Who decides at what point the publication of information heard during the course of legal proceedings becomes “insensitive”? Is it 5, 10, or 15 years later? Does the cut-off point differ depending on the circumstances of a particular death?
...

And what about Jacqui, the daughter of the man found responsible for the children’s murder; her half siblings, too. ... She also has a right to speak about the case, as a person clearly directly affected by it, and be given a platform to do so. It surely would not be reasonable for Jacqui to be prevented from speaking."


Madeline Palacz is The Independent’s editorial compliance manager
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PostPosted: Sun Sep 22, 2019 12:05 am
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Ben Stokes v The Sun: gross intrusion or simple reportage? How media privacy law works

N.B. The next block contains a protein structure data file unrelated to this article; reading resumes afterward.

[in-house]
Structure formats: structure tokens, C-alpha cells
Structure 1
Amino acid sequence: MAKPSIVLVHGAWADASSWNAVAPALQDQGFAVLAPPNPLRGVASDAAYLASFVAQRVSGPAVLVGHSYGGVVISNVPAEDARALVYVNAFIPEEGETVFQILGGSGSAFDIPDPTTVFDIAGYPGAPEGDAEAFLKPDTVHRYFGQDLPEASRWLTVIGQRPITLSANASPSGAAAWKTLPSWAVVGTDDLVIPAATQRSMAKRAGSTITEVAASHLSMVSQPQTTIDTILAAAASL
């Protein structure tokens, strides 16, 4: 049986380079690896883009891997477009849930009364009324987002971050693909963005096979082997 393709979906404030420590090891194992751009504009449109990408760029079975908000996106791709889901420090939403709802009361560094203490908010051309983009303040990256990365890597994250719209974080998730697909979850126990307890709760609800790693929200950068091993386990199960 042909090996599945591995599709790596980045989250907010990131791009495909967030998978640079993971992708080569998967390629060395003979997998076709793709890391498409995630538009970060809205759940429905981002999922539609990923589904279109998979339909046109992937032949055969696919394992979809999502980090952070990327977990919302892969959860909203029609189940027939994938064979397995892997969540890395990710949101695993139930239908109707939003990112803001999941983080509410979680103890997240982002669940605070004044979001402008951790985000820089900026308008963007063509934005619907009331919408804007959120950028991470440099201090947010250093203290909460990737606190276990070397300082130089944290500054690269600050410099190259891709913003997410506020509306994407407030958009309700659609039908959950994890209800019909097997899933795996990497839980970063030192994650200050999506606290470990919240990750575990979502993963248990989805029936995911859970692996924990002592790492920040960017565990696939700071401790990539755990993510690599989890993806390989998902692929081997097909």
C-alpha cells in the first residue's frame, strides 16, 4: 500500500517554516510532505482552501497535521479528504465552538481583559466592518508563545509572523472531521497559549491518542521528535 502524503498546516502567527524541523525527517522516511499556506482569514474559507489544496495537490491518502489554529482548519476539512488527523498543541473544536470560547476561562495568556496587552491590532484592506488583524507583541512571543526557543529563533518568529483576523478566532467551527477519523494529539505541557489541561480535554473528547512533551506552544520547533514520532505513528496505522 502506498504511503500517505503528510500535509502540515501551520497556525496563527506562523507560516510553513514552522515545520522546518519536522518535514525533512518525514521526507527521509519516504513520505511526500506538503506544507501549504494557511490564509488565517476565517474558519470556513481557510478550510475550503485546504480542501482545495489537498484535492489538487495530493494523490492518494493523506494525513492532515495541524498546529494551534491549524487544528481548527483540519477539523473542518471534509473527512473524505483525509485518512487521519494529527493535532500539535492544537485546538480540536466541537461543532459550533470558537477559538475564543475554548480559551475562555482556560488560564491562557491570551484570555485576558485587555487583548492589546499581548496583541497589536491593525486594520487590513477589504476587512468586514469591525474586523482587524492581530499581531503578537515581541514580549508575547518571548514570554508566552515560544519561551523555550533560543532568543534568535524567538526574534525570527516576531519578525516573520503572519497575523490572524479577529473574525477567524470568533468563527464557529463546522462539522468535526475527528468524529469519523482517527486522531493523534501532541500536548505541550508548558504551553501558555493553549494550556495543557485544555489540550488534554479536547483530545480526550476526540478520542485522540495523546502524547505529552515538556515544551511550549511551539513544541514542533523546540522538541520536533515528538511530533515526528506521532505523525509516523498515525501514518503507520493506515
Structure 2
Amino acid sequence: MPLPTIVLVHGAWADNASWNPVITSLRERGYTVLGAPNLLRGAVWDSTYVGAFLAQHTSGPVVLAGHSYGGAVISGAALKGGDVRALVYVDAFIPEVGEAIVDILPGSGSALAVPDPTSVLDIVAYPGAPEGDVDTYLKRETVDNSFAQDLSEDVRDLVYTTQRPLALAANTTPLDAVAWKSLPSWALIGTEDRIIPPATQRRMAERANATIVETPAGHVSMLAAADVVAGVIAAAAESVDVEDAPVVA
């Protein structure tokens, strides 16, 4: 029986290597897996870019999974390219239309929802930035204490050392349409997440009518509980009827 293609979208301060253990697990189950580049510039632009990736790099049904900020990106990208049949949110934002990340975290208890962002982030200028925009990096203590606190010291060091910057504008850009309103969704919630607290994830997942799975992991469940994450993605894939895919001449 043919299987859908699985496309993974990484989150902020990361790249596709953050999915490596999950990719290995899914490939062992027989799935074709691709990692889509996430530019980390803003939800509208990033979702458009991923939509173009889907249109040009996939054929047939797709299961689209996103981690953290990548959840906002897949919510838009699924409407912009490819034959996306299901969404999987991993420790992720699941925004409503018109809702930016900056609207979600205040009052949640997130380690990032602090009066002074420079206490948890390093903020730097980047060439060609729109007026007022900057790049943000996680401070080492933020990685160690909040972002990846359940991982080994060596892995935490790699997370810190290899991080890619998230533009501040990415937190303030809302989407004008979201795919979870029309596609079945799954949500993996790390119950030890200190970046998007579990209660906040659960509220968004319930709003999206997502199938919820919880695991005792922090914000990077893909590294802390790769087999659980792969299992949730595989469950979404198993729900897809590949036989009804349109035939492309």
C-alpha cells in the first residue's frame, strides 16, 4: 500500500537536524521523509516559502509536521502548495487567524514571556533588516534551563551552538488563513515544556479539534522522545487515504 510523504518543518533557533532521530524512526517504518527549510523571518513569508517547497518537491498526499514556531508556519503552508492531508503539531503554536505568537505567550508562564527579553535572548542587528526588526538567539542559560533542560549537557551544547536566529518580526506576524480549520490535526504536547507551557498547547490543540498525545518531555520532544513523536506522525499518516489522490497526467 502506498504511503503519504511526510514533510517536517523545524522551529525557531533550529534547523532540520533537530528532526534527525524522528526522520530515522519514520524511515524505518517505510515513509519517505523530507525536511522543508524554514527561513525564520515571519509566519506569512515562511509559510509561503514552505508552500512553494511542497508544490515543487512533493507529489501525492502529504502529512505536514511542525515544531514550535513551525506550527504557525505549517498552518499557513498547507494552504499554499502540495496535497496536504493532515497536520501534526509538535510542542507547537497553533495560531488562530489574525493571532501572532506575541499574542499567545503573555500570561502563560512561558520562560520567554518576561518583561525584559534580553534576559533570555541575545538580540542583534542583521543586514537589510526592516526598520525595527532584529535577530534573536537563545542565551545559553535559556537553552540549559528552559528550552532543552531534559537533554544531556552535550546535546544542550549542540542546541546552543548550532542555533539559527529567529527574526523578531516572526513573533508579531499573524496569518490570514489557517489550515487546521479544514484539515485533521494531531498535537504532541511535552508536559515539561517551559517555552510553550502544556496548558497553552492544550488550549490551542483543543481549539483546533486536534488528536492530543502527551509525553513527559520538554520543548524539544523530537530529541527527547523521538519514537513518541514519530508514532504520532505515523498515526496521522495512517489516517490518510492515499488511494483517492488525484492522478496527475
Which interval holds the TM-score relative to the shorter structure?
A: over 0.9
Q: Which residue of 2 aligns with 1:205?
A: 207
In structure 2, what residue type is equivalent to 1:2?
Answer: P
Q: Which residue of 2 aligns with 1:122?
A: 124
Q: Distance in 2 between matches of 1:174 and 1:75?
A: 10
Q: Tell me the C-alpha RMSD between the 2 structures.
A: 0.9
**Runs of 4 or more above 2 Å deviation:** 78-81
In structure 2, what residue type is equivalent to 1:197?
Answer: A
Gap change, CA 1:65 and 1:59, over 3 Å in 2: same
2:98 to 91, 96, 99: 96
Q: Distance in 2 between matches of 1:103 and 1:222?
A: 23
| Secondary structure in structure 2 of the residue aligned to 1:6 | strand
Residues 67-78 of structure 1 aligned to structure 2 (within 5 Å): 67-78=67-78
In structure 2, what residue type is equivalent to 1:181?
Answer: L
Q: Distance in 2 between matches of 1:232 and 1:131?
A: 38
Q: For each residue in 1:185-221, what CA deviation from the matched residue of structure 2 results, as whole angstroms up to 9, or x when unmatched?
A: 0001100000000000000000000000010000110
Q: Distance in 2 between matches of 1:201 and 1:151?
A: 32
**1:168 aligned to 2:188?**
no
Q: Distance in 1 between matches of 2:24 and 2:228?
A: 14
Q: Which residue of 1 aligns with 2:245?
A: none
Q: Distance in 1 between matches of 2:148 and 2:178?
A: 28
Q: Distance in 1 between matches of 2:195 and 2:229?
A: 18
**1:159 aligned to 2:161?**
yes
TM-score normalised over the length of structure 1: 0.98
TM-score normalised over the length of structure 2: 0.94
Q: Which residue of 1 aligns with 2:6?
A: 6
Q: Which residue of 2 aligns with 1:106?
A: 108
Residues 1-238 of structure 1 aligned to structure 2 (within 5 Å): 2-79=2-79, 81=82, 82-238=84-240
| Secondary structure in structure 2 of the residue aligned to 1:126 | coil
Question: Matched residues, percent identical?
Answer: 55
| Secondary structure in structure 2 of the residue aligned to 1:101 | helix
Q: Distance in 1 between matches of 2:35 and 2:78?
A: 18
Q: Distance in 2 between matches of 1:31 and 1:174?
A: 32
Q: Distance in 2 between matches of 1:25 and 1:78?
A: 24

http://theconversation.com/ben-stokes-v-the-sun-gross-intrusion-or-simple-reportage-how-media-privacy-law-works-123827

"Such disputes are governed by misuse of private information (MPI) law, an area of law developed by judges following the passage of the Human Rights Act 1998 (HRA), particularly the Article 8 right to respect for private life and the Article 10 right to free expression.

Though Stokes has not indicated any intention to bring a legal claim, wider questions have arisen as to the legality of The Sun’s actions. So, has The Sun breached privacy law?

When deciding whether a misuse of private information has occurred, the court would apply a two-stage test. First, it would consider whether Stokes had a “reasonable expectation” of privacy in relation to the information. If so, the court would then balance Stokes’ privacy right against The Sun’s free expression right and decide which one is stronger and ought to prevail.
...

Public domain
...